Paying it forward: A&S alumna Katrina Florendo on mental health and giving back

February 24, 2020 by Sarah MacFarlane - A&S News

Katrina Florendo has overcome tremendous adversity in her life, including abuse and financial hardship. She enrolled in the Faculty of Arts & Science at the University of Toronto not only to pursue her academic interests but also to pave the way for a better life for herself and her two children, Auguste and Jeremy. Her studies were just the beginning of her involvement at U of T, though — right after graduation, she became a donor.

“It was the only logical thing to do,” she explains. “About 85 per cent of my degree was paid for by funding. I wouldn't be where I am today without that help.”

As a student, Florendo was the recipient of numerous financial needs-based and merit-based scholarships and bursaries, several of which were made possible by philanthropic gifts. Along with help from her ex-husband and godmother, who looked after her children while she was at school, Florendo says the support she received from donors was pivotal to her success. It allowed her to dedicate more time and energy to raising her children and focusing on her studies.

“To me, it wasn't theoretical,” she says. “I lived it. It actually does change people’s lives. I could not have otherwise focused on school. These are people who don’t know me, don't know my kids, but they have invested in my future and my kids’ futures.”

Florendo, a member of St. Michael’s College, completed an honours bachelor of science degree with a double major in psychology and sociology, graduating with high distinction in 2012. She says her area of study also influenced her decision to become a donor.

“Looking at the research, people get a far more positive experience from contributing to meaningful things, unlike buying a designer purse with the same amount of money,” she explains.

Unsurprisingly, U of T is only one of the organizations Florendo supports. She also donates her hair to make wigs for cancer survivors and has registered to be an organ donor. “I’m all about efficiency and doing things that I find meaningful,” she says, adding with a laugh, “I started tackling zero waste living over the past year and I feel like I’m failing. There’s still a ton that I could be doing, but I feel like I’m donating and volunteering in the ways that make sense right now.”

Since graduating, Florendo has worked in health care, higher education, government and now, finance. But a busy career hasn’t stopped her from giving back. Mental health support and wellness is a cause that’s near and dear to her heart, and she’s been a call centre volunteer with Distress Centres of Greater Toronto for over six years — a position she sought out after a loved one attempted suicide. “Every call should be answered, and nobody should feel alone,” she says. “That’s the mission statement.”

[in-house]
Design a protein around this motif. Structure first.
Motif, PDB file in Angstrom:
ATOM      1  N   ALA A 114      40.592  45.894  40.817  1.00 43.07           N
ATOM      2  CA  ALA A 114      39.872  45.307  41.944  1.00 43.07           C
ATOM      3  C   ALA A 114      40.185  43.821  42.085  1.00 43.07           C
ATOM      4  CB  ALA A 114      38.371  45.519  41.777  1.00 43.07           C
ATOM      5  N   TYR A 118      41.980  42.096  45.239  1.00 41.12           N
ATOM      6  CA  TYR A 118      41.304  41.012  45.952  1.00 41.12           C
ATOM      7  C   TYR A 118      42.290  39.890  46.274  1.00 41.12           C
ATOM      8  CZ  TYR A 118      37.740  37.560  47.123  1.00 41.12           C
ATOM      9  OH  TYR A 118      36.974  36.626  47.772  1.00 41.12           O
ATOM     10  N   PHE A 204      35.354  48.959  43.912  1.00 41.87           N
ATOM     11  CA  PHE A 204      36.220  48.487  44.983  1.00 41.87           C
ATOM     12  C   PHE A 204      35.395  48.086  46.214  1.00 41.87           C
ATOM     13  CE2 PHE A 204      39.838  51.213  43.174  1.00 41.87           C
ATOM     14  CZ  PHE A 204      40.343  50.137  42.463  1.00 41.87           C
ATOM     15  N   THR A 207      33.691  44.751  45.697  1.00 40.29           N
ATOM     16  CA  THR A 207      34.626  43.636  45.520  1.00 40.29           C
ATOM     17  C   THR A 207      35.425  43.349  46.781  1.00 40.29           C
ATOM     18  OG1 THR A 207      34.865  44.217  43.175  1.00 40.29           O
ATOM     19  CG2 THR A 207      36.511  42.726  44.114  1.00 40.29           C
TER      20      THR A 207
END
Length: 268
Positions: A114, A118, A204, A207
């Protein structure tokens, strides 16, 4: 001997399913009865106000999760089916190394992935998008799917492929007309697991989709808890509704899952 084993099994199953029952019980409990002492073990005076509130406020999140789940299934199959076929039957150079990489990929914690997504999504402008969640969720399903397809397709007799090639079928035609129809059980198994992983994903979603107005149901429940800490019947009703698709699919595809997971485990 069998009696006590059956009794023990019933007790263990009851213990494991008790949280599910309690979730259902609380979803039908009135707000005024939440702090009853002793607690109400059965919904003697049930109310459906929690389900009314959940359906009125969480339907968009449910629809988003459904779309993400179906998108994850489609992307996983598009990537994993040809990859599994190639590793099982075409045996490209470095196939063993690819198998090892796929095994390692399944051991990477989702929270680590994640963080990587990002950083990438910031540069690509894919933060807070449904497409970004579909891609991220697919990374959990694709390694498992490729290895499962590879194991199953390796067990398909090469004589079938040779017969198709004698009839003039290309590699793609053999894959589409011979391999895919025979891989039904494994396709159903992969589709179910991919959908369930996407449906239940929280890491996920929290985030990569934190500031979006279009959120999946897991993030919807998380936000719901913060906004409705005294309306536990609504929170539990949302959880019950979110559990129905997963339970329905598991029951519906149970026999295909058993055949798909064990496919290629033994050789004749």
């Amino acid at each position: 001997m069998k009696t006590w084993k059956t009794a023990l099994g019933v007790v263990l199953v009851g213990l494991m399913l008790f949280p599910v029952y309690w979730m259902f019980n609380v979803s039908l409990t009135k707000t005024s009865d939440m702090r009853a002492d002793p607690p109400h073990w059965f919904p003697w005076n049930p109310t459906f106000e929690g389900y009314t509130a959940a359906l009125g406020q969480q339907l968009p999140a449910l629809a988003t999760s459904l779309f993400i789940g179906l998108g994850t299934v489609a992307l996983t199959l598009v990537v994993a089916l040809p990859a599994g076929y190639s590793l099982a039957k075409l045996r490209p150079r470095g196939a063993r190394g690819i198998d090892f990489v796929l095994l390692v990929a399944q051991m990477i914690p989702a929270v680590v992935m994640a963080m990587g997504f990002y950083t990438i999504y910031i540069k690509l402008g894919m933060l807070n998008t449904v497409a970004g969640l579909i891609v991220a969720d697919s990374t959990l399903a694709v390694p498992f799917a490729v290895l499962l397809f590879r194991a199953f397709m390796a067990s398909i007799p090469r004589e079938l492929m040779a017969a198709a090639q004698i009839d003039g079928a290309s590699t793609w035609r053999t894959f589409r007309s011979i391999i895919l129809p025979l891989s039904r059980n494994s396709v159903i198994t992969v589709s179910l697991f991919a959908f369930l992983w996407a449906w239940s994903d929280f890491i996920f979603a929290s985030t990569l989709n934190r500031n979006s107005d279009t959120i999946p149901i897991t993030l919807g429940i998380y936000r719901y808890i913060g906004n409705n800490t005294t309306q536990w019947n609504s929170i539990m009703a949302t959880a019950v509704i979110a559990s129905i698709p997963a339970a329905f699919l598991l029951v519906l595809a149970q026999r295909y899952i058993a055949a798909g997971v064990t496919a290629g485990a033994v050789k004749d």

The centre receives many calls from students who say they are overwhelmed by their studies — a feeling Florendo remembers from her own time as a student. “There’s so much pressure to be successful. The beauty of U of T is that you have some of the best minds in the world. You have access to an amazing education. But we’re people. You’re going to do your best. Sometimes things go in your favour and sometimes they don’t, but that doesn’t mean you’re a failure.”

Florendo says she placed a lot of pressure on herself as a student to achieve high grades. “I don’t regret the strategy I took because at the time, marks were important. But now I’m working and nobody’s asked to see my transcript. It was a challenge that I put on myself, and I missed out on a lot of living.”

She remembers being too busy as a student to exercise, see friends or attend family gatherings. Later, she learned how to prioritize her own wellbeing and study smarter instead of harder. “You need to have a balanced life — not just as a student, but at every stage in life.”

When Florendo receives calls at the distress centre from students in need of support, she urges them to visit their school’s counselling centre as soon as possible. “A lot of times, they don’t want to look weak,” she says. “Mental health has a huge stigma, but I don’t think that helps anyone. As a student, you’re part of this community for a reason and during those times, you need that support.”

It’s hard not to compare yourself to others, Florendo says, but at the end of the day, a 4.0 grade point average is not the most important thing. “As long as you can look yourself in the mirror and say, ‘I’m a good person. I’m doing my best. I’m kind to everyone,’ then that’s enough.”